Home > Water > What We Ate After Passing the Cape of Eleven Thousand Virgins

What We Ate After Passing the Cape of Eleven Thousand Virgins

May 21, 2008

28 Noviembre 1520, Antonio Pigafetta

My Lord, it was the Feast of Saint Ursula.
Thus was Fernando moved to name the cape
we rounded after passing the straits

of Tierra del Fuego. There were of course no such creatures
to be seen. Only the sea, always the sea,
its tangles of kelp matted like hair

wanting the ministrations of a tortoise-shell comb…
It is many, many months since our last memory
of women: candled fingertips touched to holy

water in the basin, pale ankles glimpsed as they ascended
dark stairways leading to rooms suffused with the mingled
scent of rancid sausages and violets…

The hardships we have endured! Three months
and twenty days since we laid bare the last of our provisions.
All that remains we eat: old biscuits ground to powder,

sifted with grubs and sawdust. We soaked
strips of ox-hide from the main-yard in sea water, then
roasted them on coals. This is how

we entered the Cape of Desire—retching and heaving;
and those calm waters which Fernando christened
Pacific. The horizon a line

clean as a hem of bleached muslin, rippling in the wind.

by Luisa A. Igloria

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  1. May 21, 2008 at 12:13 pm

    I love this, drawing on all the senses. I can hear the rigging calming down at the end, there. Love the rancid sausages and violets, too.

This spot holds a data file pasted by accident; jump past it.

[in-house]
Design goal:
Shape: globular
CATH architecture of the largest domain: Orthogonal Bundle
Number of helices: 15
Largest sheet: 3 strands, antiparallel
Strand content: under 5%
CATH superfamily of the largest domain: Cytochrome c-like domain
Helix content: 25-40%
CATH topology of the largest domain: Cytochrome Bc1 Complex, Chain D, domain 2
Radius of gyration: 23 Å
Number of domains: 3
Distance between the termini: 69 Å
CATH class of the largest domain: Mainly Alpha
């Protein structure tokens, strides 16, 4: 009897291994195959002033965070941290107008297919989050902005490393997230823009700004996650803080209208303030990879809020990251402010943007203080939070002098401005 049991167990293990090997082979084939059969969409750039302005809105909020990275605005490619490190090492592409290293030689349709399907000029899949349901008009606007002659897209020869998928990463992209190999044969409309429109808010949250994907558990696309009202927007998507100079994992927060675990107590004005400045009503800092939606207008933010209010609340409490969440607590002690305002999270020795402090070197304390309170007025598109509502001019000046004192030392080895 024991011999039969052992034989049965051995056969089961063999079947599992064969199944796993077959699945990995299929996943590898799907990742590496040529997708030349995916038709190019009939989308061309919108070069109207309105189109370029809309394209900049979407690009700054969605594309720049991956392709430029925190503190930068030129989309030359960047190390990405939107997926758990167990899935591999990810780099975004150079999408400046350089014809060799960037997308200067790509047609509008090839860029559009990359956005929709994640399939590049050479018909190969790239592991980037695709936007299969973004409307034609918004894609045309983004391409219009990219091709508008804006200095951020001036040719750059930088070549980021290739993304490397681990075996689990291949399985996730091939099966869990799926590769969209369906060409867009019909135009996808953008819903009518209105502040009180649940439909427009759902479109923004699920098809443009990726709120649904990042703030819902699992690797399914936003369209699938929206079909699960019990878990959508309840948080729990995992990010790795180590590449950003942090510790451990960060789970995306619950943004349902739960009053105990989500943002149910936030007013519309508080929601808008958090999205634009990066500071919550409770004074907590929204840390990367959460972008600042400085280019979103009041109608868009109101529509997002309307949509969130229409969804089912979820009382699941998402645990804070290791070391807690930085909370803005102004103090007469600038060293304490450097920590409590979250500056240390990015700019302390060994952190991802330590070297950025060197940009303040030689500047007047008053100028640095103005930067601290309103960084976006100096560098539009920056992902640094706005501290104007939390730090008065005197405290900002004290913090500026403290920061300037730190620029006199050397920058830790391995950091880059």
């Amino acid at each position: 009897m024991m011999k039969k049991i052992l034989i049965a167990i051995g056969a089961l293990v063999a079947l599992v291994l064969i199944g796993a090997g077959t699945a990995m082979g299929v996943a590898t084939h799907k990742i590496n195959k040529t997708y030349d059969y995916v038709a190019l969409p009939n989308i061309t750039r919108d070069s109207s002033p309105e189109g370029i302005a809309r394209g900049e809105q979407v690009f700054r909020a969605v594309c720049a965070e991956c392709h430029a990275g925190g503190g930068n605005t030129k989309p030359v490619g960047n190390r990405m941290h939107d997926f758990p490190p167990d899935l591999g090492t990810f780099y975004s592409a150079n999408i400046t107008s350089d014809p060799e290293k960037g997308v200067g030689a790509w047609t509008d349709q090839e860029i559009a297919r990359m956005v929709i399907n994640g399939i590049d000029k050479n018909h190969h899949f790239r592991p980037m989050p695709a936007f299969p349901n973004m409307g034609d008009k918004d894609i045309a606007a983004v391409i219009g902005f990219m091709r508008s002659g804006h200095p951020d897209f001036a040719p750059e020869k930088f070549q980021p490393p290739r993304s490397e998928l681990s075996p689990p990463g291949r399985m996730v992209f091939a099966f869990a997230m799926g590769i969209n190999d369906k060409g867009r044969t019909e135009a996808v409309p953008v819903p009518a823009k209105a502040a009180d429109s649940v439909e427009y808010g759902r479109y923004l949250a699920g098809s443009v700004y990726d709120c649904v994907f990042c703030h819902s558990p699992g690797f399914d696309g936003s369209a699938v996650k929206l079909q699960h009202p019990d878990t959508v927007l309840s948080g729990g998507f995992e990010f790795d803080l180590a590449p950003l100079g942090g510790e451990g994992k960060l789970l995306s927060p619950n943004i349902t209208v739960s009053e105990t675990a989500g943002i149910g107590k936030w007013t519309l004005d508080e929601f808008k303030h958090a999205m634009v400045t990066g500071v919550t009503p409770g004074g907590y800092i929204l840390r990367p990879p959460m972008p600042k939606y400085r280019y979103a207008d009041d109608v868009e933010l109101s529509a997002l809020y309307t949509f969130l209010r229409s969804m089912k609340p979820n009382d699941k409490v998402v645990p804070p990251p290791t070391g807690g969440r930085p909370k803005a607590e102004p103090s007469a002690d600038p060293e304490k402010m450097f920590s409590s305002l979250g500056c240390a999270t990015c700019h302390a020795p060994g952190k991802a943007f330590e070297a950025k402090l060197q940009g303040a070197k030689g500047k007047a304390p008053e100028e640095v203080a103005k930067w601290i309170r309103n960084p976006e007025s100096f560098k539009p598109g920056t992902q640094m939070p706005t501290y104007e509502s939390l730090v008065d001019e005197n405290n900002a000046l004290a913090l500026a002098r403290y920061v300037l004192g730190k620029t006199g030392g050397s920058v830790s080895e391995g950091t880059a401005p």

2. Ivy
    May 21, 2008 at 12:23 pm

    Fantastic.

  3. May 21, 2008 at 3:57 pm

    Beautiful, Luisa.

    I loved this: It is many many months since our last memory of women…

    And that last line is just fabulous.

  4. Til
    May 21, 2008 at 4:30 pm

    Amazing poem — especially the ending. Wow! I love the imagery and the way sensuality plays against the starkness of the situation.

  5. May 21, 2008 at 5:05 pm

    Luisa,

    I LOVE, LOVE, LOVE this poem. This is the most sensuous history lesson I’ve ever been given!

  6. Rebecca Lauren
    May 21, 2008 at 5:43 pm

    “Only the sea, always the sea…”
    I love the way you capture the contradicting personalities of the sea in this poem, how it becomes a character who is both part of the poem’s action and yet an onlooker. (It makes me think of our own relationship, as writers, to our poems, how we are at once part of them, and yet bystanders as well.)

  7. Ina
    May 22, 2008 at 12:53 am

    Tight. ^_^
    I, too, appreciate the image of rancid sausages.

  8. Jessamyn Smyth
    May 22, 2008 at 1:37 am

    Beautiful! I love this.

  9. May 22, 2008 at 6:13 am

    Spectacular……a truly beautiful piece.

  10. Leah
    May 22, 2008 at 9:53 am

    What pretty imagery… Love the ending.

  11. May 22, 2008 at 12:31 pm

    the tangled kelp line and the last line about the horizon both made lovely pictures in my head…well done!

  12. Christina Pacosz
    May 22, 2008 at 1:54 pm

    Luisa’s gorgeously rich poem about how the Pacific was “discovered” has prompted me to post this poem of my own about another historic voyage, though one not quite so famous. Not sure if replying to a poem about water with another poem about water is kosher, but here goes:

    A Woman About to Give Birth Aboard Ship Speaks to Her Condition*

    June 12, 1750 Somewhere upon the Atlantic

    In the extremes of my travail, I cried out,
    and who would not, for doesn’t the Good Book
    command strict counsel, With pain
    you will give birth, but woe unto me,
    with such wrenchings and twistings
    as I never did see, I could not.

    The babe chose to tarry while a storm roared
    without. I feared the child had been begotten
    in an evil hour, so oppressed was I
    within the stifling hold, staring at my belly heaving
    as the ship tossed and heaved upon the sea
    and I gnashed my teeth and flailed about in misery.

    My shipmates, weary of my incessant sobs and wails,